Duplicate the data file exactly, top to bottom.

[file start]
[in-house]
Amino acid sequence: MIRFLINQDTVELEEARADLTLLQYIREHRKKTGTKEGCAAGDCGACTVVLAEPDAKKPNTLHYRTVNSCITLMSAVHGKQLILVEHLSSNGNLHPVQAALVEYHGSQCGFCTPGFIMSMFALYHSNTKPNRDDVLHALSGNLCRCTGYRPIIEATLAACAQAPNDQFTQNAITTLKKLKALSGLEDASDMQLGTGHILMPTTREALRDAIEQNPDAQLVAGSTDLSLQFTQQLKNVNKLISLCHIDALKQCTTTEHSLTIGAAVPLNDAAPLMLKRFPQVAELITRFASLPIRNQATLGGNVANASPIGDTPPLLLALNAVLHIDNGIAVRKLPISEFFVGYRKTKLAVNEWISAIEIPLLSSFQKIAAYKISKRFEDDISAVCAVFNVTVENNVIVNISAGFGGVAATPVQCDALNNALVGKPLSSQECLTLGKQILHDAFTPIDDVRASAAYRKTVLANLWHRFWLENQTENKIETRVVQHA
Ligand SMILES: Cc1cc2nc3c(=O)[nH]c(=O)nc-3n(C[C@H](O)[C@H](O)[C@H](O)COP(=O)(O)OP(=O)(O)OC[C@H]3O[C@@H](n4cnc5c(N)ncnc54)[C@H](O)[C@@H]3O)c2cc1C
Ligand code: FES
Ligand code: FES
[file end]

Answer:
[in-house]
Amino acid sequence: MIRFLINQDTVELEEARADLTLLQYIREHRKKTGTKEGCAAGDCGACTVVLAEPDAKKPNTLHYRTVNSCITLMSAVHGKQLILVEHLSSNGNLHPVQAALVEYHGSQCGFCTPGFIMSMFALYHSNTKPNRDDVLHALSGNLCRCTGYRPIIEATLAACAQAPNDQFTQNAITTLKKLKALSGLEDASDMQLGTGHILMPTTREALRDAIEQNPDAQLVAGSTDLSLQFTQQLKNVNKLISLCHIDALKQCTTTEHSLTIGAAVPLNDAAPLMLKRFPQVAELITRFASLPIRNQATLGGNVANASPIGDTPPLLLALNAVLHIDNGIAVRKLPISEFFVGYRKTKLAVNEWISAIEIPLLSSFQKIAAYKISKRFEDDISAVCAVFNVTVENNVIVNISAGFGGVAATPVQCDALNNALVGKPLSSQECLTLGKQILHDAFTPIDDVRASAAYRKTVLANLWHRFWLENQTENKIETRVVQHA
Ligand SMILES: Cc1cc2nc3c(=O)[nH]c(=O)nc-3n(C[C@H](O)[C@H](O)[C@H](O)COP(=O)(O)OP(=O)(O)OC[C@H]3O[C@@H](n4cnc5c(N)ncnc54)[C@H](O)[C@@H]3O)c2cc1C
Ligand code: FES
Ligand code: FES